Lawrence Grobel on Warren Beatty, Joyce Carol Oates, John Lennon’s Death and the Uselessness of Celebrities
One of our operatives who scout this great nation for publishing talent alerted us to Lawrence Grobel, a wonderful writer who has lots to say about the strange celebrity culture our species created. Since his new book, You, Talking to Me, is out, we picked his brain about why our culture worships and reviles these people with these strange little talents.
Lawrence Grobel: It wasn’t intentional. After spending three years teaching at the Ghana Institute of Journalism (in the Peace Corps), I returned to the States and started freelancing for Newsday’s Sunday magazine. I also wrote a few pieces for the New York Times and for True magazine. Then I decided to give up journalism, move to L.A. and write fiction. But as soon as I got to L.A. my Newsday editor asked if I would interview “Household Names” for them, starting with Mae West. I wound up doing dozens of interviews for them, with people like Warren Beatty, Jane Fonda, Ray Bradbury, Linus Pauling, J.P. Donleavy, Henry Moore, Cher, Lucille Ball….but since these were 3,000 word interviews, I could do them in two hours. However, the form interested me, and I wondered what it would be like to spend days, weeks, even months interviewing one person. The only outlet I knew that allowed that kind of depth was Playboy, so I managed to convince the editors there that I could do 30,000-word interviews with people like Barbra Streisand, Dolly Parton, Marlon Brando, Al Pacino, Henry Fonda, Patty Hearst, Robert De Niro, and Saul Bellow. It’s taken me decades to finally get back to that fiction I wanted to write!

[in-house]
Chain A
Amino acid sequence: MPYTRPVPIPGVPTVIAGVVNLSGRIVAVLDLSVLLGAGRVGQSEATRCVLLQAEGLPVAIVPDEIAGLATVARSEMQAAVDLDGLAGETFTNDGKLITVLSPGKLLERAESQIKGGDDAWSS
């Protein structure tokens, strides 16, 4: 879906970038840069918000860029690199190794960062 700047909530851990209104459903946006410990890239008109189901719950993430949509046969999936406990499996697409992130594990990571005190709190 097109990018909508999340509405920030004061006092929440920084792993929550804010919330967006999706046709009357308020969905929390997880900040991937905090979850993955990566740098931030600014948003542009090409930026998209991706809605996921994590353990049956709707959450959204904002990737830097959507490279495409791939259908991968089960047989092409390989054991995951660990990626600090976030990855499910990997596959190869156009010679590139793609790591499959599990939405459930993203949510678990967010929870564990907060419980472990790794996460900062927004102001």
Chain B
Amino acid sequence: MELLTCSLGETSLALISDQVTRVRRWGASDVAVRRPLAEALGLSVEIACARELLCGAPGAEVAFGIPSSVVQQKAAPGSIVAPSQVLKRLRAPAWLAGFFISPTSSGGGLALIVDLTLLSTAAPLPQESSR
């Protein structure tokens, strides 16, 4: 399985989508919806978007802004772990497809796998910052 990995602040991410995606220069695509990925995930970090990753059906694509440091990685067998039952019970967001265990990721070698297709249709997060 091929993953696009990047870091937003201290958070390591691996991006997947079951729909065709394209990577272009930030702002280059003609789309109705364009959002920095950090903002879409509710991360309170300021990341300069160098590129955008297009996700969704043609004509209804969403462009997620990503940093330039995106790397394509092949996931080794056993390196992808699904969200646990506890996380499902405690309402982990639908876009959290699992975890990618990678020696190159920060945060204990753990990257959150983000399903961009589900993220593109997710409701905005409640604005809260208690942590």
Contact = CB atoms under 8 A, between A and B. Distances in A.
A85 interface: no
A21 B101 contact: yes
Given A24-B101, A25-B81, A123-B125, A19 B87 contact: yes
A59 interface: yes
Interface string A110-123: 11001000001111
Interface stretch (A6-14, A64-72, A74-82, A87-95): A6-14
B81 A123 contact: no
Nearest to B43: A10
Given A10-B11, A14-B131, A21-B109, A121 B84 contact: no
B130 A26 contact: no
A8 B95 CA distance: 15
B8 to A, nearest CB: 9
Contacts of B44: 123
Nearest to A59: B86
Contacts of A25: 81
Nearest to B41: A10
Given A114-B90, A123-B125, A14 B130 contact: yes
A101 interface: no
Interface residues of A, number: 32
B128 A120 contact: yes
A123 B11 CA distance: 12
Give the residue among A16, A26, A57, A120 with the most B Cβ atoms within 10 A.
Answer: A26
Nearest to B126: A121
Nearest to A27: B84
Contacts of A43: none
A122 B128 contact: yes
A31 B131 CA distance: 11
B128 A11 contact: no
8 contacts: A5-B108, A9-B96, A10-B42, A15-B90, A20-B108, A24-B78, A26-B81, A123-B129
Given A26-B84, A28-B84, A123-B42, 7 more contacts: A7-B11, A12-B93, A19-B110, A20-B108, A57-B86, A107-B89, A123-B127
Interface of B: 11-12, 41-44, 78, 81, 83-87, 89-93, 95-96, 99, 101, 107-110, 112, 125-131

TBD: Why do you think our culture is so obsessed with celebrities, most of whom have jobs where they don’t actually do anything useful, not like doctors, plumbers, or teachers?
LG: If you put celebs into the category of usefulness, then you’re eliminating most athletes, actors, and the Kardashians. If celebs provide entertainment for people, then I suppose they serve a purpose. We elected a celebrity (albeit a minor one) president recently—and I’ve yet to believe anything he’s done so far has been useful, and yet, whatever he does certainly affects a lot of people.
Celebrities seem to exist in most cultures—some for their prowess as being stronger or more agile than others, some for their sharp wit, some for their ability to mimic others. I don’t know why we are so obsessed as a culture by celebrities, but I’ve seen how people react to seeing someone famous and all I can say is that I’m glad I’m not one. It can be frightening when a stranger approaches you in a restaurant or on a street with a demand for an autograph or a picture. I’ve been with Goldie Hawn when she was approached at a Japanese restaurant by a guy who acted like he knew her and saw how she handled it; with Al Pacino when a woman took him by surprise on the street where he lives in Beverly Hills and thrust a DVD at him, as he jumped away from her and tossed the DVD into a bush as if it might explode. I’ve been around celebs when paparazzi are waiting for them, and I can understand why they react the way they often do. A lot of it stems from when the Manson “Family” committed their crimes, making celebrities afraid. And after John Lennon got shot, it just magnified how vulnerable celebrities are. It’s no fun being a target for the insane.
TBD: Who are some of your favorite celebrities and why?